Epilepsy causes recurrent, sudden, brief changes in the normal electrical activity of the brain. People with this condition are twice as likely to suffer from the sleep disorder insomnia. People that suffer a stroke usually also have obstructive sleep apnea.

People that have respiratory diseases, such as asthma and chronic obstructive pulmonary disease,
usually also have a sleep disorder.

Asthma is a chronic lung condition that makes breathing difficult when air passages become inflamed and narrow. Chronic obstructive pulmonary disease, known as COPD, refers to a group of disorders that damage the lungs and make breathing difficult. Many people with these conditions suffer from insomnia and sleep fragmentation.

Mental health problems, such as depression, anxiety, schizophrenia, bipolar disorder, and seasonal affective disorder can also lead to a sleep disorder. People with these mental health disorders often suffer from sleep fragmentation and insomnia.

Gastroesophageal reflux disease, known as GERD, causes the stomach's juices to flow backwards into the esophagus.
This causes the sleep disorder of sleep fragmentation.

Kidney disease causes the kidneys to lose their ability to filter the proper amount of waste products from the blood and regulate the body's balance of salt and water.

This can cause the sleep disorders of restless leg syndrome and insomnia to develop.

People with arthritis often find it difficult to fall asleep because of the pain. This often results in insomnia.

If an illness causes a sleep disorder to develop, the sleep disorder is secondary to the illness.

Successful treatment of the primary underlying cause will usually diminish the effects of the sleep disorder.

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How to Tell If You Have a Sleep Disorder
Are you inside this viral problem?

There are many people that have an undiagnosed sleep disorder. They may feel very sleepy during the day. They may have trouble falling to sleep or staying asleep. Friends or relatives may tell them they look very tired.

They may experience mood changes, irritability or become overly emotional. Often they have difficulty paying attention, concentrating, or remembering things that are important.

These are all symptoms of sleep deprivation, and possibly of a sleep disorder.

A person that has an undiagnosed sleep disorder will usually answer the question, "What is the problem with your sleep," with one of five answers.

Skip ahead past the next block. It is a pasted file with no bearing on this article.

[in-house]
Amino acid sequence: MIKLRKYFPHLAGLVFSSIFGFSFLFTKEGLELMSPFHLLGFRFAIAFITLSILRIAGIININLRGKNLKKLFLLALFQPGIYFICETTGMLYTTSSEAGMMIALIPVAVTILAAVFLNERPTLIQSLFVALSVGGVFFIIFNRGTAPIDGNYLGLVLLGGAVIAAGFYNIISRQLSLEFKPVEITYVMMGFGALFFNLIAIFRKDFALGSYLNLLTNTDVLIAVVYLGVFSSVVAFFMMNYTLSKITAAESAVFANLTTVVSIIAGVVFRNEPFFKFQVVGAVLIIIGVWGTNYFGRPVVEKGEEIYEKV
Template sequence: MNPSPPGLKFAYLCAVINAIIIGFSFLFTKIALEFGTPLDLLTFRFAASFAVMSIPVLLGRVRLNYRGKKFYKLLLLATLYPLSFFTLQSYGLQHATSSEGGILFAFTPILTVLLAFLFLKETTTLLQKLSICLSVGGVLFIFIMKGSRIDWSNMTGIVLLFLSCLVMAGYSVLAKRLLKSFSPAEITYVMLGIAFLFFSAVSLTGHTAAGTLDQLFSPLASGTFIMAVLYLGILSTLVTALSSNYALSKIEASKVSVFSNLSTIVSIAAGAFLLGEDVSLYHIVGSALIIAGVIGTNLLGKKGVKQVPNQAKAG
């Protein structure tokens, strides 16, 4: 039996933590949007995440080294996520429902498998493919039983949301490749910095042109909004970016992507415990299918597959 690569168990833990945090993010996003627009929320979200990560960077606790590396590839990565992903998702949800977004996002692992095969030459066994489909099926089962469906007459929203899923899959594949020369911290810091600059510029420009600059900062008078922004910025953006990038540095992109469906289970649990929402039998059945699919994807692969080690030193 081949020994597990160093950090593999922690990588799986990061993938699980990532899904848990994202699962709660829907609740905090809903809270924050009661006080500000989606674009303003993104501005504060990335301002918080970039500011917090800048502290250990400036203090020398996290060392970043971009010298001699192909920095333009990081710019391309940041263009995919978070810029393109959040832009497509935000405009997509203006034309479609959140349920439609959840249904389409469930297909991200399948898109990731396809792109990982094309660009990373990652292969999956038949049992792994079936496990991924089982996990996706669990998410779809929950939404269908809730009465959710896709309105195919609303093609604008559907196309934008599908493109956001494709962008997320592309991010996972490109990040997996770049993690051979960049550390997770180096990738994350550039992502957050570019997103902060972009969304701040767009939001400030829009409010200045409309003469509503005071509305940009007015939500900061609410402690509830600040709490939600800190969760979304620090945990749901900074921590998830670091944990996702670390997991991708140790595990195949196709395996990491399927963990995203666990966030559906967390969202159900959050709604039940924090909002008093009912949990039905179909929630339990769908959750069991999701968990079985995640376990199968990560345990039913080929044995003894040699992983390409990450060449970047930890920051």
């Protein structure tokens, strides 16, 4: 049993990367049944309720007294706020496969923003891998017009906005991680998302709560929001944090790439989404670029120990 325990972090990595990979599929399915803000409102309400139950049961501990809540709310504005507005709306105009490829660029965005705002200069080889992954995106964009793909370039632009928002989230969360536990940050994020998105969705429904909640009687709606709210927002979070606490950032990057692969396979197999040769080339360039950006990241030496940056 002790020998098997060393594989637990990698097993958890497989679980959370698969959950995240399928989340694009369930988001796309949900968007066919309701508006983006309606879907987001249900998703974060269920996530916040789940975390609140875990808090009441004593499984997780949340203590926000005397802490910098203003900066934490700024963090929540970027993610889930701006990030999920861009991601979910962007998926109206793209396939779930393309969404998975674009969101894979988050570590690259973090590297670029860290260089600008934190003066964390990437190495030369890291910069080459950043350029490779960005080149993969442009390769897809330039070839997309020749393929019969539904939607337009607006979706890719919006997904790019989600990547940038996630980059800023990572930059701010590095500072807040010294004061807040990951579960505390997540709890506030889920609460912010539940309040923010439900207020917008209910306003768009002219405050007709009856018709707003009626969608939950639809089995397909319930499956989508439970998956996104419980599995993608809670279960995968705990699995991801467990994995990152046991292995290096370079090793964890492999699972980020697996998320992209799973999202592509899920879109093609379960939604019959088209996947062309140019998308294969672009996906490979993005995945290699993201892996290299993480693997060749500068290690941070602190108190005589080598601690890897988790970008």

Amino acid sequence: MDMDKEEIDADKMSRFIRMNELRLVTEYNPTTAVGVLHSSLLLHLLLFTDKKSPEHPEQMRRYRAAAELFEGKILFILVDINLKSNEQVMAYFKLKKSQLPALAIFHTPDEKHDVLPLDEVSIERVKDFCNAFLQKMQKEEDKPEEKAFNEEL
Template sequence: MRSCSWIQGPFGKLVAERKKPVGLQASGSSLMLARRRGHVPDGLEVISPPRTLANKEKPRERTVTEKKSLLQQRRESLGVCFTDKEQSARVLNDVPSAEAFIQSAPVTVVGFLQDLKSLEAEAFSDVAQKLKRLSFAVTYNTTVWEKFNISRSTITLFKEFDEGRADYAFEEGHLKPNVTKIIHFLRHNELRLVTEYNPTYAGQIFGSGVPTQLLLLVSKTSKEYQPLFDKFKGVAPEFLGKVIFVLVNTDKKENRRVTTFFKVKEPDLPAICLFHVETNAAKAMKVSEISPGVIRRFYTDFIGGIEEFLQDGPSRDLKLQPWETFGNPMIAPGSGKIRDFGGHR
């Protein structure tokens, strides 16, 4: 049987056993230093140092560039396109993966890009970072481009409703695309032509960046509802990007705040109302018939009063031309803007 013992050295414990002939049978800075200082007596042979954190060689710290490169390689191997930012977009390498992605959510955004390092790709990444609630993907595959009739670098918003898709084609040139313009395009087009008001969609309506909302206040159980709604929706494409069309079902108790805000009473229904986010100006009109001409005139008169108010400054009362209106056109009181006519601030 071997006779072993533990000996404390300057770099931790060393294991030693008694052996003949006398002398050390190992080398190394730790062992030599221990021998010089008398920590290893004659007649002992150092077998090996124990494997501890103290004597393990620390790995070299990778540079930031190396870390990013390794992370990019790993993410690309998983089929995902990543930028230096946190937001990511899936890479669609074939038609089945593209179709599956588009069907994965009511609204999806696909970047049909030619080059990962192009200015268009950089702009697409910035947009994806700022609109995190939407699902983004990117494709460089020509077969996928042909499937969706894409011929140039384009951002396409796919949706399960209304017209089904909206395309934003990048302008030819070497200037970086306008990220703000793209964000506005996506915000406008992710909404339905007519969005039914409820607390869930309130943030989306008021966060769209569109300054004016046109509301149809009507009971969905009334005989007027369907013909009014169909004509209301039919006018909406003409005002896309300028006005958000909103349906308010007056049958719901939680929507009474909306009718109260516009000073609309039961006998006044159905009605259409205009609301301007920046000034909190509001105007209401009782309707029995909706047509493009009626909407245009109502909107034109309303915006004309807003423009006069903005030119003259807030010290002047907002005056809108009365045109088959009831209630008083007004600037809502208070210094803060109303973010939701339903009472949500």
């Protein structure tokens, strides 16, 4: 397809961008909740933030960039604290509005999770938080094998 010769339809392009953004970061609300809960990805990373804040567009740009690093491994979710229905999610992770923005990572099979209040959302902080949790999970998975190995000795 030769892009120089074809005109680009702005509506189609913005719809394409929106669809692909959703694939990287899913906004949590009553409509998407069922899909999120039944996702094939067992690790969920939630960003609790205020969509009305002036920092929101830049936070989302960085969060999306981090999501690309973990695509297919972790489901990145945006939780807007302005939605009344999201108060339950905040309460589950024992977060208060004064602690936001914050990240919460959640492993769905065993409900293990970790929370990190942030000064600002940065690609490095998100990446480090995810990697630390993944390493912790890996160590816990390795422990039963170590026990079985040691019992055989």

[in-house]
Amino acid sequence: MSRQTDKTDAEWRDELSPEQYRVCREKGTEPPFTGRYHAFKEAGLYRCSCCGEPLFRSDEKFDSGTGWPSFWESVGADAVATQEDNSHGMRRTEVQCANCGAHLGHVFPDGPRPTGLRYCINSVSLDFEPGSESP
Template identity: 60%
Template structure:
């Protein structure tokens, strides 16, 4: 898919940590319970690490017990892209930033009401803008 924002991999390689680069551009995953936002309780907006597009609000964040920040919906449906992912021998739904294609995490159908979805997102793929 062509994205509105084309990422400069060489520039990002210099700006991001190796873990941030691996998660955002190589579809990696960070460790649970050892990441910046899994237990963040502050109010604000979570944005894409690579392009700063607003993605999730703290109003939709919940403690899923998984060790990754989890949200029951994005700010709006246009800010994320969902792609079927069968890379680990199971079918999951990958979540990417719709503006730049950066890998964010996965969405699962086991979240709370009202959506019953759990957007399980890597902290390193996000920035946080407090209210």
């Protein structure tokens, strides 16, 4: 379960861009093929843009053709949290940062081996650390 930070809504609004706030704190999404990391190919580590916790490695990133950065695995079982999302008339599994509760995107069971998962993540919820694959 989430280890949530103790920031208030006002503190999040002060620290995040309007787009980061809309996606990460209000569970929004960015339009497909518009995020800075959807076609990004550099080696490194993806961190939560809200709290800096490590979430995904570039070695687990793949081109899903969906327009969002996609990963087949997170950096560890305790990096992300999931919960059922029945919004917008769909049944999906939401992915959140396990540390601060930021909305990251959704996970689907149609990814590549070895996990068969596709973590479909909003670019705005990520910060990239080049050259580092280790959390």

Those answers will be; "I have trouble falling asleep," " I have trouble staying awake," "I can't get up in the morning," "I seem to do strange things in my sleep" or  "I can't sleep because of my partner."

The particular answer chosen helps to narrow down the possibility of a specific type of sleep disorder.

not being able to fall asleepWhen someone says "I can't fall asleep" it can mean several things.

There could be a problem when first going to bed, after waking up in the middle of the night, or in the early morning hours.

Many people have the problem of not being able to fall asleep when they go to bed. This is called sleep latency.

*Sleep latency can be a very serious symptom of certain sleep disorders, including sleep onset insomnia, delayed sleep phase disorder, shift work, restless leg syndrome or paradoxical insomnia.


Many times the problem is not being able to stay asleep, which is sleep fragmentation.  Often a person with this complaint can fall to sleep easily when they go to bed, but wake up often throughout the night.

Sleep disorders may include sleep maintenance insomnia,  shift work. If a person wakes up very early in the morning and cannot get back to sleep, it could be a sign of advanced sleep phase disorder or sleep maintenance insomnia.

If the answer to the question is "I can't stay awake" and the person is falling asleep at inappropriate times there may be a  sleep disorder such as narcolepsy , obstructive or central sleep apnea, periodic limb movement disorder, restless leg syndrome, shift work or advanced sleep phase disorder.
Those that say "I can't get up in the morning" and take an hour or more to fully wake from their sleep may suffer from excessive sleep inertia.

They are having difficulty making the transition from sleep to being awake.

Sleep disorders that could be responsible for excessive sleep inertia  are sleep apnea and delayed sleep phase disorder.

A person that answers the question with "I do strange things in my sleep" may find that their sleep is full of surprises. Sleepwalking, Sleep terrors, confusional arousals, REM sleep behavior disorder, nightmares, sleep-related eating disorder and bruxism are all types of sleep disorders known as parasomnias.

If a person answers "I can't sleep because of my partner" snoring, sleep apnea, bruxism, restless leg syndrome, or periodic limb movement disorder may be the sleep disorder to blame.

How would you answer the question of "What is the problem with your sleep?"